22.08.2023 Messe TOP

IFA 2023: German electrical associations show solutions for more sustainability and energy efficiency in buildings

Hall 2.2a | Booth 403

At this year's IFA, the three associations VDE, ZVEH and ZVEI are once again presenting themselves jointly. In the "House of Smart Living," they show how energy can be saved with the help of building automation and what contribution electrification, digitization and modern building technology can make to a climate-neutral future.

Hendrik Schäfer

At IFA, which opens its doors at the Berlin Exhibition Grounds from September 1st to 5th, 2023, the Association for Electrical, Electronic & Information Technologies (VDE), the German Central Association of Electrical and Information Technology Contractors (ZVEH) and the German Electrical and Digital Industry Association (ZVEI) will once again present themselves under the umbrella of the "House of Smart Living." This year, the 100 square meter smart model house will be part of the new Sustainability Village in exhibition hall 2.2.

Buildings as the backbone of the energy transition

Visitors at the IFA joint stand from last year

| ZVEI Services GmbH - Mark Bollhorst

The location in the newly established sustainability area of the IFA underlines the importance of modern and innovative building technologies for a sustainable, climate-neutral future. The three associations and their members are actively working to shape this future. After all, consistent electrification and digitalization, as well as the use of smart technologies, can reduce energy consumption in buildings by up to 65 percent and significantly reduce the carbon footprint. Considering that existing buildings in Germany account for 35 percent of total energy consumption, there is enormous potential here in terms of climate targets.

Buildings are rightly increasingly becoming the focus of political and public debate, because they are the backbone of the energy transition: Energy is no longer just consumed here, but also produced, stored and distributed; energy consumption is controlled sustainably. The House of Smart Living vividly demonstrates how this can be done: Here you can see how a photovoltaic system, heat pump and storage system can help to reduce energy consumption and dependence on the power grid.

An integrated energy management system, which in addition to these components also incorporates the charging infrastructure for the e-vehicle, household appliances, roller shutters and air conditioning system, ensures that the e-car is always charged with solar power and the washing machine is only switched on when there is still sufficient PV power available or the electricity drawn from the power grid is particularly cheap at the moment. The intelligent system takes into account weather influences - the dishwasher only switches on when there is a high level of PV generation - as well as the habits and requirements of the people living in the house (e. g. heating starts one hour before returning to the house and ensures desired temperature until then). The applications shown in the house are not dreams of the future, but "state of the art" and invite you to test them playfully.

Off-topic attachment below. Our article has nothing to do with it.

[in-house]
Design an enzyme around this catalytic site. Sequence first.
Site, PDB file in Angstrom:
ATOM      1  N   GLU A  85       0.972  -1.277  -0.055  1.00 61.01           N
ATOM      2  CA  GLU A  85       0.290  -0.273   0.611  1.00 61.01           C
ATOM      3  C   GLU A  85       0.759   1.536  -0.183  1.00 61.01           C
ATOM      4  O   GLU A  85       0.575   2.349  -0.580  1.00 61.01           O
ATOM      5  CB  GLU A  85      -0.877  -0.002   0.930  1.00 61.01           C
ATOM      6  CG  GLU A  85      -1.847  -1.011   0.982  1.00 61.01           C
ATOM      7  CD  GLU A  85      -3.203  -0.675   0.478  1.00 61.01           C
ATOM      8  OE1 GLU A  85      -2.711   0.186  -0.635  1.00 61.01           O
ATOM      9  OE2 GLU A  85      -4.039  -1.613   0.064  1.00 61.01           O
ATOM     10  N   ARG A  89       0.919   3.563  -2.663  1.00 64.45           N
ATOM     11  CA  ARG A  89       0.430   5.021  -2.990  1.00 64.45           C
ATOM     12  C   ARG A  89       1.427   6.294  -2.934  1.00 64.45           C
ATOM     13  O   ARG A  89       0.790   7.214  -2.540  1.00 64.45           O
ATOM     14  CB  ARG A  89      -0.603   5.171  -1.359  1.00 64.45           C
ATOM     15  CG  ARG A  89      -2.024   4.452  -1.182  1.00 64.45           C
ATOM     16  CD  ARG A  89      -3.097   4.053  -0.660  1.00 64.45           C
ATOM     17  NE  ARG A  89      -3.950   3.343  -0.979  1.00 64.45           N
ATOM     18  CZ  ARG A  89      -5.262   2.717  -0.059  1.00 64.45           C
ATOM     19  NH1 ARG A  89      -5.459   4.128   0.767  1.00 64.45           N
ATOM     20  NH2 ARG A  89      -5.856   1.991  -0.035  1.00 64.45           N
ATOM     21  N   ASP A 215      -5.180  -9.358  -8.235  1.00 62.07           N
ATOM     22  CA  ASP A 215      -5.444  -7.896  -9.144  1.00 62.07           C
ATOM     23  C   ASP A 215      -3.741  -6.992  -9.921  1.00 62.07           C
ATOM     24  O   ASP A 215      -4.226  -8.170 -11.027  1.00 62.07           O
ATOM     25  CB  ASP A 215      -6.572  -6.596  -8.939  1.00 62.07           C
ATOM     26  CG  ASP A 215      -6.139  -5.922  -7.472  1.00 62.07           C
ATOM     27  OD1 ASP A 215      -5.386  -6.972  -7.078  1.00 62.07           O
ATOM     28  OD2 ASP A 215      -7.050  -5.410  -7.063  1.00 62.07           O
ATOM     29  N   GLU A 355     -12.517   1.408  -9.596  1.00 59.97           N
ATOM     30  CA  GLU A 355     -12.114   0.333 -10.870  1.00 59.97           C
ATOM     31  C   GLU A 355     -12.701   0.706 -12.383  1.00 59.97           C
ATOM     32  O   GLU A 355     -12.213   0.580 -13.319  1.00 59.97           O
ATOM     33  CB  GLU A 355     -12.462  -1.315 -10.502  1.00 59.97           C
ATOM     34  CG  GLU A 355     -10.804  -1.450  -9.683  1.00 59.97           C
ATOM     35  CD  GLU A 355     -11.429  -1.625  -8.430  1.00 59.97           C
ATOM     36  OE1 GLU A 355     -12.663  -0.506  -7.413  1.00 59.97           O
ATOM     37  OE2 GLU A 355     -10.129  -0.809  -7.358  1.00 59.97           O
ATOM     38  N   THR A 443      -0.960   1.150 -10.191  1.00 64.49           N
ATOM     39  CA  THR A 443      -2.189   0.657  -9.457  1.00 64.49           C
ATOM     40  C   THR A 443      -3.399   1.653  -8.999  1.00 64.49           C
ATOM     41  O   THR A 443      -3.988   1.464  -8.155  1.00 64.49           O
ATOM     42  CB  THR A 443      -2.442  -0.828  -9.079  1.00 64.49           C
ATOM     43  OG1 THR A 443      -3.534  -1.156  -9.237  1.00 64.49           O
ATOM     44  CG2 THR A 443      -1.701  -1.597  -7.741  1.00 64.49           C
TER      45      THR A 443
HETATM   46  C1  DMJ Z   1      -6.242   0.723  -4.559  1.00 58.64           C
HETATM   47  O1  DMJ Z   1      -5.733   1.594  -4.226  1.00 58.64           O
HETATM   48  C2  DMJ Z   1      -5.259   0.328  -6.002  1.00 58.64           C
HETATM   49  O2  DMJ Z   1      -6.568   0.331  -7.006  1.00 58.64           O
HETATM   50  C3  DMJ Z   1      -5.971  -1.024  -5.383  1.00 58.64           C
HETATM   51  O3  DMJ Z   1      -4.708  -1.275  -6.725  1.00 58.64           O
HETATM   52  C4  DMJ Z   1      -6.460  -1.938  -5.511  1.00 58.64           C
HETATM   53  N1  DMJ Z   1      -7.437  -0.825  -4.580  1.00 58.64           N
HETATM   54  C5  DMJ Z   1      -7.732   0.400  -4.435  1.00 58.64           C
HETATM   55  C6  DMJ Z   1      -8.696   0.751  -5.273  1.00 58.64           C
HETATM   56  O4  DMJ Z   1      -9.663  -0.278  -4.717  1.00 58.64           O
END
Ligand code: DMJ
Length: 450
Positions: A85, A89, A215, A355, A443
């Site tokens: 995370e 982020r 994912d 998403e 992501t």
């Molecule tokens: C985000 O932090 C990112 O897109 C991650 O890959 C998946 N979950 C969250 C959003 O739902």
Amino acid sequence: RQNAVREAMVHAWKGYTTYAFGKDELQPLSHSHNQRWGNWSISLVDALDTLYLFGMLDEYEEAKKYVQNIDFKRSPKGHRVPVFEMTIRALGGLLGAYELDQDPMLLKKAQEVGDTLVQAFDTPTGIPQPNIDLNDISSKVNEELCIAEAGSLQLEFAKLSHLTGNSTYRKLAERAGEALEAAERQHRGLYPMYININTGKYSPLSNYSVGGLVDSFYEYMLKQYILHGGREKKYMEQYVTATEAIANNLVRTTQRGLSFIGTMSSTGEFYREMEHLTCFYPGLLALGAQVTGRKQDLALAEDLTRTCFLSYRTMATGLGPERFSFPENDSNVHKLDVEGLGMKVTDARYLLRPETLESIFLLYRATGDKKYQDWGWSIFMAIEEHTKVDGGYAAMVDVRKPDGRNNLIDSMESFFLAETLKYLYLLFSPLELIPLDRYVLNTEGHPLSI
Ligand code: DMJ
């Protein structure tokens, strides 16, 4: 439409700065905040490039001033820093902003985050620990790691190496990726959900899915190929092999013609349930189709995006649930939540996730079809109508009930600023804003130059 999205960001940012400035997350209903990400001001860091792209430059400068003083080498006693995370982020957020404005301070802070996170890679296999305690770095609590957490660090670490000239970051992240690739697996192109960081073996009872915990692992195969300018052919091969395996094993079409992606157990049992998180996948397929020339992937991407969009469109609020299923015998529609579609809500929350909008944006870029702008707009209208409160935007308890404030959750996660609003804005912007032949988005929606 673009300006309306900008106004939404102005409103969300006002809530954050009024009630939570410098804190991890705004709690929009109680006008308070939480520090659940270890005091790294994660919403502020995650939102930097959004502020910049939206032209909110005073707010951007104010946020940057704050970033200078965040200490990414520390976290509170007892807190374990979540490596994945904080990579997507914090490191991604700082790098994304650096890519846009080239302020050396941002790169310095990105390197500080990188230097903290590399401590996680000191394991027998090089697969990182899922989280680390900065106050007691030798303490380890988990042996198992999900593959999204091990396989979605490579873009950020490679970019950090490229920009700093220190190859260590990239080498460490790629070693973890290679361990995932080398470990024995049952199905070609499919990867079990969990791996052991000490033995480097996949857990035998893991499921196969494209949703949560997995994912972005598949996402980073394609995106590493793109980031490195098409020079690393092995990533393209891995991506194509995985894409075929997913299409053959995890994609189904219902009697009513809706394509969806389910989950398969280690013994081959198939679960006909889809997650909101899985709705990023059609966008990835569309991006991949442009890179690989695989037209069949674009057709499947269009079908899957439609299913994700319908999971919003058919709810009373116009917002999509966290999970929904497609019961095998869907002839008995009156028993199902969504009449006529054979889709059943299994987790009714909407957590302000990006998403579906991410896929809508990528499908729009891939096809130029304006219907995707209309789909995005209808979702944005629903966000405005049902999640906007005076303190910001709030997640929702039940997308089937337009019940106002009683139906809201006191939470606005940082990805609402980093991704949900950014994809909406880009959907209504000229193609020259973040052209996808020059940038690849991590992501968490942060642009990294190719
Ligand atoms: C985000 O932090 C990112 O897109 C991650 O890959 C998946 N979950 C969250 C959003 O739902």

Technologies of the future are available, but their use requires the right framework conditions

The energy and heat transition in the building sector has been the subject of much discussion in recent months. However, it is important to note that the building sector is an important lever for achieving the climate targets, and the potential for more efficient use of energy and resources is huge. The technologies to help achieve this are available and must be used across the board. That's why it's important to keep up the pace, especially when it comes to the all-important refurbishment of existing buildings.

Uncertainty about the Building Energy Act is currently holding back manufacturers, trades and consumers. This is bad news for the climate. This is one of the reasons why the three associations are formulating their positions clearly in the run-up to the IFA: The decarbonization of the building sector affects the broad population and must therefore be implemented in a way that is as socially compatible as it is ambitious.

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